Would Tony Blair ever join the Lib Dems as they are more New Labour than Labour? David Boynton
If you were 17 today, which political party would you join if you wanted to enjoy the benefits of membership of the EU? Violetta Sanchez, Barcelona, Catalunya
I wouldn’t choose my party on Brexit alone, but on the broad philosophy of the party I thought most represented my values. That is why I joined Labour. But I would argue within that party for an open and constructive position on Europe. And be prepared to join with others across the political divide to make the case against Brexit.
Are British political structures effectively broken? Is it time for a new party? Nell Maxwell
They aren’t broken, though subject to huge strain. And there is no appetite for a new party. But, the risk we are running at the moment is British politics becoming a choice between a Hard Brexit Tory party and a Hard Left Labour party. Such a choice leaves many millions of people without an obvious political home. What I am doing is not about starting a new party; but about devising a new policy agenda for the progressive forces in politics and combining that with a network of connection which allows people of similar thinking to interact together. And doing it not constrained by party affiliation.
If you had to bet, how long would you say it will be before we’ll see another Labour government? Matthew Jameson
Fortunately I don’t bet. And if you think that is a politician’s way of avoiding the question, you’re right!
TRUMP AND THE USA
Is Donald Trump getting a fair crack of the whip? Richard Carragher, New York City
The media in the USA as in the UK is now heavily polarised and so in one sense it’s hard for anyone to get ‘a fair crack of the whip’ including both presidential candidates. But now he is the president elect we will have to wait and see what policy solutions he actually provides.
What advice would you give Barack Obama on what to do next? Kunal Dutta
I don’t think he needs it; I’m sure he has, or will have, a pretty clear picture of what he wants to do. And I know he’s passionate about young people and education and opportunity. Both he and Michelle have a huge amount to offer in terms of the future of their country and the world more widely. It’s not an easy adjustment; you have a few less people to call on! But I wish them every success.
George W Bush was ridiculed here when he was elected, but you worked closely with him. What advice would you give Theresa May on working with Donald Trump? Sandra Grey, Bristol
I’m sure Theresa May will handle this in her own way. I’m reluctant to give ‘advice’ to any of my successors. Having done the job myself I know how difficult it is. But it is always a good thing for the British PM and the USA President to work together closely and once you work on issues with someone, it becomes a lot less about things people have said than things you’re actually doing.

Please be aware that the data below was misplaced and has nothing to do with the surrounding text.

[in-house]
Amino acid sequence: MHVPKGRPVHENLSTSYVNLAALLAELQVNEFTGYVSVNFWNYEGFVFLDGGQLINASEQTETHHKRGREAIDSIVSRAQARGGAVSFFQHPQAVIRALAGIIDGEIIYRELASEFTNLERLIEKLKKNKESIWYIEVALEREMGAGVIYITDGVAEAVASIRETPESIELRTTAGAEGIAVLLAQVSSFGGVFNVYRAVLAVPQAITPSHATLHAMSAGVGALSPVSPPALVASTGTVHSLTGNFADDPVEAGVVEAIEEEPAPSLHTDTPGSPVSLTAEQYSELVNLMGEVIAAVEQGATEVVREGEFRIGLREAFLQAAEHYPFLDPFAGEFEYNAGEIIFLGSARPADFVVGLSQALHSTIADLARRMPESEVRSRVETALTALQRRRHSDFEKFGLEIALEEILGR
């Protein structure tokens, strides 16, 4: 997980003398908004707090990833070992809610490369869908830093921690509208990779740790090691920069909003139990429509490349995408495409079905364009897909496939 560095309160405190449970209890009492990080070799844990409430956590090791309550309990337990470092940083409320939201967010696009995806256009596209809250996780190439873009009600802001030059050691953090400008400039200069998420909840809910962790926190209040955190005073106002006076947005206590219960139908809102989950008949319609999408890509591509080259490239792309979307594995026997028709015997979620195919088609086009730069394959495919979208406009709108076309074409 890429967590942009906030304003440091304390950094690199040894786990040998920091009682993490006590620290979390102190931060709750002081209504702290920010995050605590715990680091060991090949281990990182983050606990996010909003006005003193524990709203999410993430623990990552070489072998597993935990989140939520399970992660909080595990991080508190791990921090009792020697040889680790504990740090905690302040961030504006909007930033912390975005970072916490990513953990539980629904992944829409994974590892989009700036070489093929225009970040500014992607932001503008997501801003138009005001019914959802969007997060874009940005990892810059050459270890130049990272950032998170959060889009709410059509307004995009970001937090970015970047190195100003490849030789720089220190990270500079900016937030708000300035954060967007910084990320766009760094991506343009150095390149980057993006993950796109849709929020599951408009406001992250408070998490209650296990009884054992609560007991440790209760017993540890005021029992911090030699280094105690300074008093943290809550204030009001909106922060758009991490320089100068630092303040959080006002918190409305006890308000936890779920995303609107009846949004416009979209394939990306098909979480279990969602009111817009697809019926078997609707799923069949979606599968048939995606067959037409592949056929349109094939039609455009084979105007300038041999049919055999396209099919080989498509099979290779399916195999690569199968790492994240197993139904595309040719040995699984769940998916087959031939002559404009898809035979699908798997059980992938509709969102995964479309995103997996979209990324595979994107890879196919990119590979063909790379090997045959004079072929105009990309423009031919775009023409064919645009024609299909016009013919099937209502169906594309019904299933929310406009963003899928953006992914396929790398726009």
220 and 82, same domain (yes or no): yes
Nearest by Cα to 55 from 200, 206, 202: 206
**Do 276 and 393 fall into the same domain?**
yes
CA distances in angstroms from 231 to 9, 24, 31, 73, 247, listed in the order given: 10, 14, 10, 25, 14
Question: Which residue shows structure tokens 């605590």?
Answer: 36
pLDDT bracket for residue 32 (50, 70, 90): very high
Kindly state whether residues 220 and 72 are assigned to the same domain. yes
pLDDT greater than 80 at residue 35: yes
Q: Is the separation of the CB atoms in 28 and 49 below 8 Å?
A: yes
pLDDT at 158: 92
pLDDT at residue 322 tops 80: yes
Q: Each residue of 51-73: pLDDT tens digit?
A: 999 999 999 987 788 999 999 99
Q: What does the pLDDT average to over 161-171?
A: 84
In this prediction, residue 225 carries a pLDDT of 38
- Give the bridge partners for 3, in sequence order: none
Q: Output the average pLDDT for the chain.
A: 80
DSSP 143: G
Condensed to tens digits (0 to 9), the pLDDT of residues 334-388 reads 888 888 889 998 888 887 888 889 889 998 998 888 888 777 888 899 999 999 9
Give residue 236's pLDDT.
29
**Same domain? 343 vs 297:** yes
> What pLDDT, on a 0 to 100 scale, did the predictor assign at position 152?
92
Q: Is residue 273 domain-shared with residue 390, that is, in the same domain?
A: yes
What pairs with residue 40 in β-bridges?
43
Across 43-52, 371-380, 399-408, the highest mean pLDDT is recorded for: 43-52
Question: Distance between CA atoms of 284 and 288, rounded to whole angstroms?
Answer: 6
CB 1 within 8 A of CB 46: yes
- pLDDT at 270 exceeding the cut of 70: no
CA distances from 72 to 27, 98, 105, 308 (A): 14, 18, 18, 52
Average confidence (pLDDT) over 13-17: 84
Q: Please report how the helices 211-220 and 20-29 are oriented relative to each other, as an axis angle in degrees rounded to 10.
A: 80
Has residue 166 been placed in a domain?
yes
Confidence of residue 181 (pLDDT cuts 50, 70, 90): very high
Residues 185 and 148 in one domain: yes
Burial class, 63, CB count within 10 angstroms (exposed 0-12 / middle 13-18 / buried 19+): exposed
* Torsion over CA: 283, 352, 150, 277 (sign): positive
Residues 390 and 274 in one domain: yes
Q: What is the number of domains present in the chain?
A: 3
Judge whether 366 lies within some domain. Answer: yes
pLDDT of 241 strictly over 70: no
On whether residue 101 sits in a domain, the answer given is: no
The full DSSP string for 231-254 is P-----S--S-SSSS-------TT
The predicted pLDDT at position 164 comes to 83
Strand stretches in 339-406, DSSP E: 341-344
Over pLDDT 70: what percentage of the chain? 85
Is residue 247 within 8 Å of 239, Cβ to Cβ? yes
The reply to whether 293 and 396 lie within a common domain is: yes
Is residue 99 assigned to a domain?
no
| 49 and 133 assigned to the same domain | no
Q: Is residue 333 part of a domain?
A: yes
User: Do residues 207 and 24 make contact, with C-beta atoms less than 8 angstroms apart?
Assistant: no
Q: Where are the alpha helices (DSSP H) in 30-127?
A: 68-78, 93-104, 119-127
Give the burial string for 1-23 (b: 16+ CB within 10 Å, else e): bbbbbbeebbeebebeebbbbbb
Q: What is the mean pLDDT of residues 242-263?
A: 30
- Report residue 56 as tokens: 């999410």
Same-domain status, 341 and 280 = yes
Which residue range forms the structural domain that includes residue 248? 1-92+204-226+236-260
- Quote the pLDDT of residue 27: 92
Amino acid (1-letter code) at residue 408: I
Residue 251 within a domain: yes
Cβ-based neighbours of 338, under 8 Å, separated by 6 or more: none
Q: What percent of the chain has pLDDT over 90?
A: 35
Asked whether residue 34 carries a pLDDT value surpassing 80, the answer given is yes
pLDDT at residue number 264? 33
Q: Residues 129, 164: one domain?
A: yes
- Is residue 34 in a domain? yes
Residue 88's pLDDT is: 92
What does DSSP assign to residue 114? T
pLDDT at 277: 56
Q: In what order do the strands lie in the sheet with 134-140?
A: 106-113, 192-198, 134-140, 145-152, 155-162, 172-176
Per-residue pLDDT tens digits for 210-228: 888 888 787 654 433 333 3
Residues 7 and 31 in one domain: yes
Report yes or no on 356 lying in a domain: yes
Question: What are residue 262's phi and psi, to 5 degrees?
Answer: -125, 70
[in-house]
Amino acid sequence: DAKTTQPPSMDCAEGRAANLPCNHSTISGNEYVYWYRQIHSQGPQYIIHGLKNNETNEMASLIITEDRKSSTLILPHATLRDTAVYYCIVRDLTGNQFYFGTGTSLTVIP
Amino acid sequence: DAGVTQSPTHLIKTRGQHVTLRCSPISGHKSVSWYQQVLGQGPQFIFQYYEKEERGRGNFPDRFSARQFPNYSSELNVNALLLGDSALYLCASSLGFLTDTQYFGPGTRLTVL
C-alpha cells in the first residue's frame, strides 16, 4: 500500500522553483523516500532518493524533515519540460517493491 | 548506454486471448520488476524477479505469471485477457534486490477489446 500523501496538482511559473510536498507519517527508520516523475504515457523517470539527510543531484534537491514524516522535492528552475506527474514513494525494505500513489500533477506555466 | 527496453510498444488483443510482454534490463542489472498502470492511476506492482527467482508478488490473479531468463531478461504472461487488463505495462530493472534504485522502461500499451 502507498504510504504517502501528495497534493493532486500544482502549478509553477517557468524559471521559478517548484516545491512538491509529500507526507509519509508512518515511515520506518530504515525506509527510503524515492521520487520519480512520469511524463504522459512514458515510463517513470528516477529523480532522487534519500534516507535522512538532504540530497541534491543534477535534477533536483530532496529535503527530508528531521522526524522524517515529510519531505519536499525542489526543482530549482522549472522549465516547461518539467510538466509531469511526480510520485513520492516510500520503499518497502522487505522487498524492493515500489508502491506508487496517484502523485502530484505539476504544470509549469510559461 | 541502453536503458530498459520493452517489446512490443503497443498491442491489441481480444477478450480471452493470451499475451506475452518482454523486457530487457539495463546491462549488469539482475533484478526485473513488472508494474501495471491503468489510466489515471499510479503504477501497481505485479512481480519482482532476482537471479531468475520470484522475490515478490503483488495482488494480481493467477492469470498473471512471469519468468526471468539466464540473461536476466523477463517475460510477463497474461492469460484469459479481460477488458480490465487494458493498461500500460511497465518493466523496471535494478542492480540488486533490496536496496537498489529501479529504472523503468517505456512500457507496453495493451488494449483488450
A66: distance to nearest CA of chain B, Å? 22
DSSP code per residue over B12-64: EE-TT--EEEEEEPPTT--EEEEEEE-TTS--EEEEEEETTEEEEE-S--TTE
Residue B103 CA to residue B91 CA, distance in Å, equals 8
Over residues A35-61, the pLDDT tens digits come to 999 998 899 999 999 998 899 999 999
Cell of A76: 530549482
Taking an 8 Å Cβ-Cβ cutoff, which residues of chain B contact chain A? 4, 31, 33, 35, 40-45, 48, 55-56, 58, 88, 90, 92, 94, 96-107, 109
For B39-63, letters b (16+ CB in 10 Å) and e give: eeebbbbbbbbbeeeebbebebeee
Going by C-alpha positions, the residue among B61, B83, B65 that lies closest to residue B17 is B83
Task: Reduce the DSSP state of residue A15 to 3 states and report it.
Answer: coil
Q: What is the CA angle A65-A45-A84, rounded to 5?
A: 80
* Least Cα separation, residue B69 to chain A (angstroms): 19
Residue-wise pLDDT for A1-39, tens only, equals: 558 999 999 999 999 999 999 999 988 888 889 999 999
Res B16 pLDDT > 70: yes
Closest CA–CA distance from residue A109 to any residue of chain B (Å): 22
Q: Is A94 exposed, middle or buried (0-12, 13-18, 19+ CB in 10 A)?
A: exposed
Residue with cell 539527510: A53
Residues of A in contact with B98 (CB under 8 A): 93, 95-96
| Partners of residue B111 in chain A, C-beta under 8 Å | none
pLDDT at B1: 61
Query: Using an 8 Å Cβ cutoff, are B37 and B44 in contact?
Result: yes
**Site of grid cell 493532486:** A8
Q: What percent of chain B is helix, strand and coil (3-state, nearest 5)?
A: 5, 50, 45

Do you think western leaders made a huge mistake not intervening in Syria. or/and Would you have intervened in Syria? Sali Rizahu
As a result of my experience in Iraq and Afghanistan, in Syria, as I argued with Libya too, it would have been better, if it had been possible, to have had an agreed process of change even if it meant for a transitional period leaving the existing leadership in place as the change happened.
However, once it became clear this was not on the cards, then, as I have said, yes I would have been more active on Syria. I believe we will pay a heavy price for it in years to come.
With the full view from Iraq in 2003 to the present day we now have examples of various alternative courses of action. In Iraq we intervened on the ground and it was difficult. In Libya we partially intervened, that was difficult. In Syria, we didn’t intervene and, in my judgement, that has had truly dire consequences.
What recent events in Europe – in Brussels and Paris – show is that even if you think you can stay out of something like this it comes to you in the end.
Is Vladimir Putin a threat to world peace? George Fenerty, Birmingham
There is no simple answer to that. I disagree strongly with some of Russia’s actions over recent years. On the other hand, we need to work with Russia to solve some of the world’s most pressing problems, not least extremism.
Does the abuse you get on Twitter and elsewhere get you down? Do you worry about what people think about you? Theo Kelly, 11, Highbury, London
It’s the way world is and it’s a shame because we should be able to exchange views with respect not abuse! And I detest the Twitter trolling etc aimed often at vulnerable people.